The consumer organization Test-Achats regularly investigates to what extent the prices in the various supermarket chains are rising. The price comparison shows that the products in the supermarket have increased by an average of 12.33 percent compared to last year.
The inflation figures from both the Belgian and European statistical offices show that inflation is currently continuing to gain momentum. For example, inflation in the eurozone stood at 9.1 percent last month, compared to 8.9 percent in July. Energy prices remain the main drivers of monetary depreciation, but we are noticing that price increases are increasingly filtering through to other products.
This now also confirms the price comparison of Test-Achats. Based on the prices of 3,000 products in the stores of Albert Heijn, Carrefour, Colruyt, Cora, Delhaize, Aldi and Lidl, the consumer organization recorded an average price increase of 12.33 percent compared to a year earlier. According to Test-Achats, a family of 2 therefore spends 48 euros more per month on the same shopping cart. That comes down to 438 euros, which is 4 euros more than in July.
Which products are significantly more expensive?
It is not only the rising energy prices that are at the root of the more expensive products in the store. The war in Ukraine has also increased the price tag of many other goods. Thus, the besieged country is an important exporter of grain. Test-Achats notes, for example, that spaghetti has become up to 35 percent more expensive as a result.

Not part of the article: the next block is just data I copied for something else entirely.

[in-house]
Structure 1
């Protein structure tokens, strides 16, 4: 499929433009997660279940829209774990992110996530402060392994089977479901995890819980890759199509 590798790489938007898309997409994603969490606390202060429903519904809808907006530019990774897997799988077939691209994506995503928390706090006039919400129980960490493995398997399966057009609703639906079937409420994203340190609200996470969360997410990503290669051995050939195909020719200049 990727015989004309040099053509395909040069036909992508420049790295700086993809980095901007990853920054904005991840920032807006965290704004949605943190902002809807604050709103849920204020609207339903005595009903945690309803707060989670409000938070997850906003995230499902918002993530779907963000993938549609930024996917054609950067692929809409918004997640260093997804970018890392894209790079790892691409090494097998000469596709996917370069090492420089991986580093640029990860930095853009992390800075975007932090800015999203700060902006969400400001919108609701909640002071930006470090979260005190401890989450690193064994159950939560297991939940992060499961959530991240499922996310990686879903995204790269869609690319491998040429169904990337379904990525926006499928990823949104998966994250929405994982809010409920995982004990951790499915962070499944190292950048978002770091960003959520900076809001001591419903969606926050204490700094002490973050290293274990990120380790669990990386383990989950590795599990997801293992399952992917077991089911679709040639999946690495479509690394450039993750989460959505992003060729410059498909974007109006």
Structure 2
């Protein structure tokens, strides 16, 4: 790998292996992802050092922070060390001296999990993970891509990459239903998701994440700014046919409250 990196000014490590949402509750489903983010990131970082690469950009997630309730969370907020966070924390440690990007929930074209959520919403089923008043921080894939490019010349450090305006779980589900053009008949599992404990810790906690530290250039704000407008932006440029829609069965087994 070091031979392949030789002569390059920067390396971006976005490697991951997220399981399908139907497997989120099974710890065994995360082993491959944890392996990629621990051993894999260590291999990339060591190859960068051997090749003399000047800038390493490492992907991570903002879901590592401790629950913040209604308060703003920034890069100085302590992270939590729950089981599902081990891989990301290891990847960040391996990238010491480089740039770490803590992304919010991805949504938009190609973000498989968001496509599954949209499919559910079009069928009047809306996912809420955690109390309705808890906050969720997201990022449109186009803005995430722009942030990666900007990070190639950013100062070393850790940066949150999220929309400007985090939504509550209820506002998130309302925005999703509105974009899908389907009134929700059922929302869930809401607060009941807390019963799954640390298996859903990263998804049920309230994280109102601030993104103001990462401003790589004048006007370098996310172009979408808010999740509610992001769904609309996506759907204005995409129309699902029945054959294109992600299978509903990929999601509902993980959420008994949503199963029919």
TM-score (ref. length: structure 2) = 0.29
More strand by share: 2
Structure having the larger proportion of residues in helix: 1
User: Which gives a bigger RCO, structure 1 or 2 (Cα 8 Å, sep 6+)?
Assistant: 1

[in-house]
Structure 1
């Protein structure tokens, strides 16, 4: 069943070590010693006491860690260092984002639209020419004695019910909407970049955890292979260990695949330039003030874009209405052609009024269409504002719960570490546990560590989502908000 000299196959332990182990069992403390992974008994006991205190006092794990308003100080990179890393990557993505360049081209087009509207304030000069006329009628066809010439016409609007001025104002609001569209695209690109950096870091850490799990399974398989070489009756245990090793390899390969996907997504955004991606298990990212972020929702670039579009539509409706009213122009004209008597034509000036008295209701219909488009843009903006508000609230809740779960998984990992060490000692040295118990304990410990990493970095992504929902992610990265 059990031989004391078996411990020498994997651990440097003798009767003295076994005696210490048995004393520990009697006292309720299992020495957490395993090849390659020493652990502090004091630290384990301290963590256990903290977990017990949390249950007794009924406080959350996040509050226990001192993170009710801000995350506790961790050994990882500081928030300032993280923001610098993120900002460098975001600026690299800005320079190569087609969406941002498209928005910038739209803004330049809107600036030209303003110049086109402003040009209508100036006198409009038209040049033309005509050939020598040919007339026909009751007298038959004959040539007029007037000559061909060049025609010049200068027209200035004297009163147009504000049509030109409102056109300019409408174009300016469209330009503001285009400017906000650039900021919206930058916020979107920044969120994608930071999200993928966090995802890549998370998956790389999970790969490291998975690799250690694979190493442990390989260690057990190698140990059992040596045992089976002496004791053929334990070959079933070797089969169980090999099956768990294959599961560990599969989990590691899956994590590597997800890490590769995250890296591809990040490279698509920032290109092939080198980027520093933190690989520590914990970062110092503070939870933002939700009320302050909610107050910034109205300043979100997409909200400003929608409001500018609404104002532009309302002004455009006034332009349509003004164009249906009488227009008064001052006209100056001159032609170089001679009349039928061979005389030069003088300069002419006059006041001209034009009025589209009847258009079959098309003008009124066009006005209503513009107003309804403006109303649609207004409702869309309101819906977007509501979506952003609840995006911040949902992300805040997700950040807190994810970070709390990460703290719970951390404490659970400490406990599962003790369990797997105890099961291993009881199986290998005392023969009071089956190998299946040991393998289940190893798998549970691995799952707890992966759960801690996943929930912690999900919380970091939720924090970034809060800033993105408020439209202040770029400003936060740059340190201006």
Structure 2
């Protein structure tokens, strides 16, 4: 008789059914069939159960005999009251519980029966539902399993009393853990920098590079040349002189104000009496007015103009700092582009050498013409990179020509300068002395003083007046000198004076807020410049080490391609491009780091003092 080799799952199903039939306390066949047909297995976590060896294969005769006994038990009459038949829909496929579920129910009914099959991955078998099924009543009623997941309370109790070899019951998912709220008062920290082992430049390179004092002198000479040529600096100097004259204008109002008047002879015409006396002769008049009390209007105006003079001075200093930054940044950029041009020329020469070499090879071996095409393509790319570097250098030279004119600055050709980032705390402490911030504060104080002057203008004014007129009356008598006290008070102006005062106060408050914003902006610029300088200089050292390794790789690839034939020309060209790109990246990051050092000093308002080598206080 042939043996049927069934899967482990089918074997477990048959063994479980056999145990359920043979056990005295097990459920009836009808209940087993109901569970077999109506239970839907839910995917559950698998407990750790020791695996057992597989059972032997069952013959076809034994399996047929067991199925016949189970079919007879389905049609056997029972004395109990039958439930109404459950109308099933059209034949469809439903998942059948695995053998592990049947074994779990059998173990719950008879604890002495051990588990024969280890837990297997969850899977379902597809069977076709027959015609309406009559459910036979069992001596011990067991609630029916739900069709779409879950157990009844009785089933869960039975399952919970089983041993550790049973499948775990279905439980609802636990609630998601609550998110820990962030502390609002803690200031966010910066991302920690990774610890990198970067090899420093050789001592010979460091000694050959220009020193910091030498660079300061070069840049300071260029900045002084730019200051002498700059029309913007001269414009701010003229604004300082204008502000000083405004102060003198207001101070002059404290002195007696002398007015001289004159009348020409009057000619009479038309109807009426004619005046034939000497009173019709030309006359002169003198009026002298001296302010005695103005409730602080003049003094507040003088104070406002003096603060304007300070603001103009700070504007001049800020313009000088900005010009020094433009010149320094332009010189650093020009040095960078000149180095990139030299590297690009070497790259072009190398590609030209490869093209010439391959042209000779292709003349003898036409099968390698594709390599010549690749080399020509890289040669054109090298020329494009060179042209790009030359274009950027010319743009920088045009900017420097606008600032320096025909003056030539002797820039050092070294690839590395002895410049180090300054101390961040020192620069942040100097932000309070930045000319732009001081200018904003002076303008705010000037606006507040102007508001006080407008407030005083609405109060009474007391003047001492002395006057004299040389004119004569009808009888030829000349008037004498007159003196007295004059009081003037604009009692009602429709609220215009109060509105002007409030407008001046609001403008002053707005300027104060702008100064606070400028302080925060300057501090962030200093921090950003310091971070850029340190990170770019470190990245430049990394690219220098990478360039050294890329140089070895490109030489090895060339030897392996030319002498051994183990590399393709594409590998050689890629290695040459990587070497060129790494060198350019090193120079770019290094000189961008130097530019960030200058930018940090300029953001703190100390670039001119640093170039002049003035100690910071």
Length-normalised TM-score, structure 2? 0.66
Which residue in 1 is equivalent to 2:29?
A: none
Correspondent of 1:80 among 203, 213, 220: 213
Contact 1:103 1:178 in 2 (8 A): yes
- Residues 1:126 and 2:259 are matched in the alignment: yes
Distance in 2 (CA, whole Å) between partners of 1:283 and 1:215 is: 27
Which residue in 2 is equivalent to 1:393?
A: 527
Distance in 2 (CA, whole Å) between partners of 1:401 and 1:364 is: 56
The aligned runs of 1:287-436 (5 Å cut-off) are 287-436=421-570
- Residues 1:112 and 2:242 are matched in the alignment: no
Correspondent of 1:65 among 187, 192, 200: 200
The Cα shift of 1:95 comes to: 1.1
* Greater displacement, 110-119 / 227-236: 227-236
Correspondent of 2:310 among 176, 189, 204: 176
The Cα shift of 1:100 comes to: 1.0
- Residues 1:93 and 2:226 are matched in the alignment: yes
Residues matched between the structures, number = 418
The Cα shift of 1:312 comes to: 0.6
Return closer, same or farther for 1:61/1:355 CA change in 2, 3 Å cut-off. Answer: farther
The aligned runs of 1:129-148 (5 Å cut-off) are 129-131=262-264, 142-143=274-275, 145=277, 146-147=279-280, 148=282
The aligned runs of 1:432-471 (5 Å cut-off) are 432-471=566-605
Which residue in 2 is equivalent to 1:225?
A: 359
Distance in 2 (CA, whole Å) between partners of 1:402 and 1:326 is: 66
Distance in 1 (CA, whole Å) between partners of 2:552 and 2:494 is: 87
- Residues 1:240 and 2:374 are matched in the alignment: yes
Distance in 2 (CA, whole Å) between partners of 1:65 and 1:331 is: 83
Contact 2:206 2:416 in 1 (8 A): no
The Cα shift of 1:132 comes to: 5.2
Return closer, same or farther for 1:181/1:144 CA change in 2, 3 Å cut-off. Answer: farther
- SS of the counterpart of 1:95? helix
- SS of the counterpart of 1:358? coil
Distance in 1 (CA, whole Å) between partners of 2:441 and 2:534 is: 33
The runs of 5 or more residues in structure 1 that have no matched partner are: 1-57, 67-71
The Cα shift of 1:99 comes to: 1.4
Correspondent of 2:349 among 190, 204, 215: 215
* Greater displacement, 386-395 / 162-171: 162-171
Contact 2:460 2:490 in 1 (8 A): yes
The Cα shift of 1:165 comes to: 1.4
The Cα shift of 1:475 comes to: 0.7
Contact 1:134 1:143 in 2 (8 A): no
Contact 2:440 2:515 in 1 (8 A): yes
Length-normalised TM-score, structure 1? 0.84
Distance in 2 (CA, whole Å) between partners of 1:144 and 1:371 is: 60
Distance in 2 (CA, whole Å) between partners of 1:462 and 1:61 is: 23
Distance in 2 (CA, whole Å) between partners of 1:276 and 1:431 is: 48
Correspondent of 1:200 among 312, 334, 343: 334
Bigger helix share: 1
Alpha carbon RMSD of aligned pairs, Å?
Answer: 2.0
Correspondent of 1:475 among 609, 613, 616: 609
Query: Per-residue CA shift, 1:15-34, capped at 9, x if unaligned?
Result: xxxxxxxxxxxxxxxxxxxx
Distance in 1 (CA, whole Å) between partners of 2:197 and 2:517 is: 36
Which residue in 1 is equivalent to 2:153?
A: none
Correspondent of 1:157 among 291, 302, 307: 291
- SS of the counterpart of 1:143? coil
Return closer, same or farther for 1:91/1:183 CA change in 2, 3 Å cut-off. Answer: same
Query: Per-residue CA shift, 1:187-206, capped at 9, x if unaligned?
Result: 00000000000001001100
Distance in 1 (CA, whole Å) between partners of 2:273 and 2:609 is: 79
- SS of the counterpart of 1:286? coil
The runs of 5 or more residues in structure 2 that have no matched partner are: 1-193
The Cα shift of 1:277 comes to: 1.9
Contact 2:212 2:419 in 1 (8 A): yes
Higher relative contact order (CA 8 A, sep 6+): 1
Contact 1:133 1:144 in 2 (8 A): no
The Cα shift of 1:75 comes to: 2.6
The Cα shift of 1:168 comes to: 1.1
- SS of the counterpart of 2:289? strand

The price of various oils, including sunflower oil, has also risen due to the military conflict in Eastern Europe. We feel the impact of this, for example, when we buy frying oil and mayonnaise. According to the consumer organization, the prices of those products have risen by 26 and 21 percent respectively.
Mustard is even 36 percent more expensive. The price tag was also raised by 10 percent in July and August. That’s because mustard is made from ground mustard seeds, vinegar, water, and salt. Those mustard seeds for the European market are mainly produced in Russia and Ukraine.
An overview of the products whose prices have risen the most:
- Mustard: +36 percent
- Spaghetti: +35 percent
- Stationery: +33 percent
- Butter: +30 percent
- (Gouda) cheese: +27 percent
- Deep-frying oil: +26 percent
- Semi-skimmed milk: +24 percent
- Dishwasher tablets: +24 percent
- Cod fillet: +22 percent
- Coffee: +21 percent
- mayonnaise: +21 percent
- poultry: +20 percent
The prices of vegetables (+5 percent), fruit (+4 percent) and chocolate (+4 percent) have risen less sharply.
What will the future bring?
Test-Achats is cautiously positive about the further evolution of food prices. “The international grain price fell by 11.5 percent in July because grain transports from Ukraine started up again and several countries had a good grain harvest,” it sounds. “Vegetable oil also became 19.2 percent cheaper in international markets. Hopefully this will be reflected in the supermarket in the coming months.”
At the same time, the organization notes that raw material prices only make up a small part of the price, in addition to production, transport and labor costs.